HAIFA, Israel -- An Israeli court on Monday rejected a lawsuit brought against the military by the parents of a U.S. activist crushed to death by an army bulldozer during a 2003 demonstration, ruling the army was not at fault for her death.
The bulldozer driver has said he didn't see 23-year-old Rachel Corrie, a pro-Palestinian activist, who was trying to block the vehicle's path during a demonstration in the Gaza Strip against the military's demolition of Palestinian homes.
The military deemed her March 2003 death to be accidental, but Corrie's parents were not satisfied by the army investigation and filed a civil lawsuit two years later.
Explaining the district court's ruling, Judge Oded Gershon said Corrie "put herself in a dangerous situation" and called her death "the result of an accident she brought upon herself."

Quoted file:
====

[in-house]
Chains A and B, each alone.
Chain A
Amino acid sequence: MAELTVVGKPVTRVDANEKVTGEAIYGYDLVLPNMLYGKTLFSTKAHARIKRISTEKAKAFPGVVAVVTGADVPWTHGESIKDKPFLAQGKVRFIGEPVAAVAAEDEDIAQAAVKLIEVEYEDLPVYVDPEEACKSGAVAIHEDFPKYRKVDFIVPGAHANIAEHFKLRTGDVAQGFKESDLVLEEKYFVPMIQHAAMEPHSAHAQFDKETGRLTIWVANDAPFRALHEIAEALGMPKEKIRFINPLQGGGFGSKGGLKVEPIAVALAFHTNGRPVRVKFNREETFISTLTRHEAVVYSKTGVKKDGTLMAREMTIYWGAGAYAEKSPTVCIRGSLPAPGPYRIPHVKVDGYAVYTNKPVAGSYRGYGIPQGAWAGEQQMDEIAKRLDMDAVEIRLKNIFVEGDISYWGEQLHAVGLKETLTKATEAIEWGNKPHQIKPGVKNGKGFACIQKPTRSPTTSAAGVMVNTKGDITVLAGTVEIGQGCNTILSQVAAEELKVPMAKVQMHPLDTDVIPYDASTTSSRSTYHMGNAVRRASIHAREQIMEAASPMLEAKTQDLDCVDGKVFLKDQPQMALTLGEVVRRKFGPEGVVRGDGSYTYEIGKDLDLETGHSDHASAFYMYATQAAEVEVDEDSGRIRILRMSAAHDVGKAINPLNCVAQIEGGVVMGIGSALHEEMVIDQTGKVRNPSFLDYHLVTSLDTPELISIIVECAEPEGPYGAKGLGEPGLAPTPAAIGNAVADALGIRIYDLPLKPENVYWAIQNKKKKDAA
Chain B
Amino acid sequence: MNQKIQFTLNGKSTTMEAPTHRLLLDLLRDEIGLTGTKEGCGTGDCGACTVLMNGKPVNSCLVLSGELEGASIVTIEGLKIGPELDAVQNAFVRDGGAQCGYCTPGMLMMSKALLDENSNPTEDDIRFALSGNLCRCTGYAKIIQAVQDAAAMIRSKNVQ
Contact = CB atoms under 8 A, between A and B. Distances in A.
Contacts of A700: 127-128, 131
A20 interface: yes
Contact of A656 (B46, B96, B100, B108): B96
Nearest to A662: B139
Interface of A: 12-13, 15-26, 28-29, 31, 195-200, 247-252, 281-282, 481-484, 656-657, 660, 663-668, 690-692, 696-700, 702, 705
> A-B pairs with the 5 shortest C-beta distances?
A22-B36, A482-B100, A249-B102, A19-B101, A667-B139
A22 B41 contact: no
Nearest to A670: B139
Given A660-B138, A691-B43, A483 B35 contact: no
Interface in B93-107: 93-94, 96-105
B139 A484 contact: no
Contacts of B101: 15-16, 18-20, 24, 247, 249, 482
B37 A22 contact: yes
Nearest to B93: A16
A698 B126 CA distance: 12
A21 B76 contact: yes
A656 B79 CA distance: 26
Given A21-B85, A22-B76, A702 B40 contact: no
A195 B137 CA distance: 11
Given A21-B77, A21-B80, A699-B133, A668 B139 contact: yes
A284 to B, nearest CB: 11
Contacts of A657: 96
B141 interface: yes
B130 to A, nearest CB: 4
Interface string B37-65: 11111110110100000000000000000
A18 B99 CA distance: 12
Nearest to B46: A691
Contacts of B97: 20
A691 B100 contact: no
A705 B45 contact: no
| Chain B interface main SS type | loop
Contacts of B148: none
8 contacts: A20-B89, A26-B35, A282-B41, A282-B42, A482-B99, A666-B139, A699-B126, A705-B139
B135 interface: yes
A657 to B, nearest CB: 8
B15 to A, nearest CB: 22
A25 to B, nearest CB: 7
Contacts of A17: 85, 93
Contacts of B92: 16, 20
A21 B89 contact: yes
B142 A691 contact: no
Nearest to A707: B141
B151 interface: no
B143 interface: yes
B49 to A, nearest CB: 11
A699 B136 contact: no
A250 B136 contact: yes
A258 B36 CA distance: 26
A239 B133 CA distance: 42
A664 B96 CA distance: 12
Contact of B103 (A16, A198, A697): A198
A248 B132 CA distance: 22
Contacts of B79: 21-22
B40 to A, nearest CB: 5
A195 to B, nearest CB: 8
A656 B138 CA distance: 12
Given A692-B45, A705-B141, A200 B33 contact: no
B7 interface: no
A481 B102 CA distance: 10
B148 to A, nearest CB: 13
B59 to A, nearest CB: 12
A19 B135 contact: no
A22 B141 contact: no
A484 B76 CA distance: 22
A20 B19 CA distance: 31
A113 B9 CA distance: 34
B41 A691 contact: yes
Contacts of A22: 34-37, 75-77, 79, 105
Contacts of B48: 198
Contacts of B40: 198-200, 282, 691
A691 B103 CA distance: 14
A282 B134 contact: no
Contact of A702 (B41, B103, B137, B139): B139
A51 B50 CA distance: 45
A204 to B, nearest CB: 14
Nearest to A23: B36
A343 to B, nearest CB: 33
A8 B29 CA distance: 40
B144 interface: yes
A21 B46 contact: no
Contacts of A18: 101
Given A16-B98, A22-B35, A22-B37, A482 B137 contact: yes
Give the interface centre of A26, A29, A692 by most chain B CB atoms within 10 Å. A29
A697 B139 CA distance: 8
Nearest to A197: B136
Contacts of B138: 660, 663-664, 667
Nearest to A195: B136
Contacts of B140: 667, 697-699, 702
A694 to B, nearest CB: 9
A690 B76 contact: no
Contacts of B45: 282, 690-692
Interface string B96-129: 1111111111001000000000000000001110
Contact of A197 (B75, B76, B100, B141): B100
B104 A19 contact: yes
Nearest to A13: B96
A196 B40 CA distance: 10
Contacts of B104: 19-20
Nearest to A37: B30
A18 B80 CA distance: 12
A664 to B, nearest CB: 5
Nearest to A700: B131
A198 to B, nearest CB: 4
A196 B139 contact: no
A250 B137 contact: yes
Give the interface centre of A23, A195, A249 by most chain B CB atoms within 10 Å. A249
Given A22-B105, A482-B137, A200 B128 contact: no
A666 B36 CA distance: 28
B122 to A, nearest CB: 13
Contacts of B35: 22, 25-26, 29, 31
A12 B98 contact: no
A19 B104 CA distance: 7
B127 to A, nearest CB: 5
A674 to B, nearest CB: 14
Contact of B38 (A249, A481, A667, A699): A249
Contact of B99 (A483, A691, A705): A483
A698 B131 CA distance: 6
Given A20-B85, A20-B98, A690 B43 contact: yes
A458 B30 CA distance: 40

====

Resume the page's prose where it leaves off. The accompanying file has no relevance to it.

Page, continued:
He said the military conducted a proper investigation, and rejected the Corrie family's request for a symbolic $1 in damages and legal expenses.
Corrie's parents, Craig and Cindy Corrie of Olympia, Washington, did not speak immediately after the verdict, but clasped each other's hands.
Their lawyer, Hussein Abu Hussein, lamented the court's ruling, saying "the verdict blames the victim."
March 3, 2010 - Family of Gaza protester killed by bulldozer putting Israel on trial
June 4, 2010 - Gaza blockade ship carries name of Olympia woman
June 5, 2010 - Rachel Corrie aid ship boarded by Israelis
October 21, 2010 - Slain Washington activists parents face Israeli driver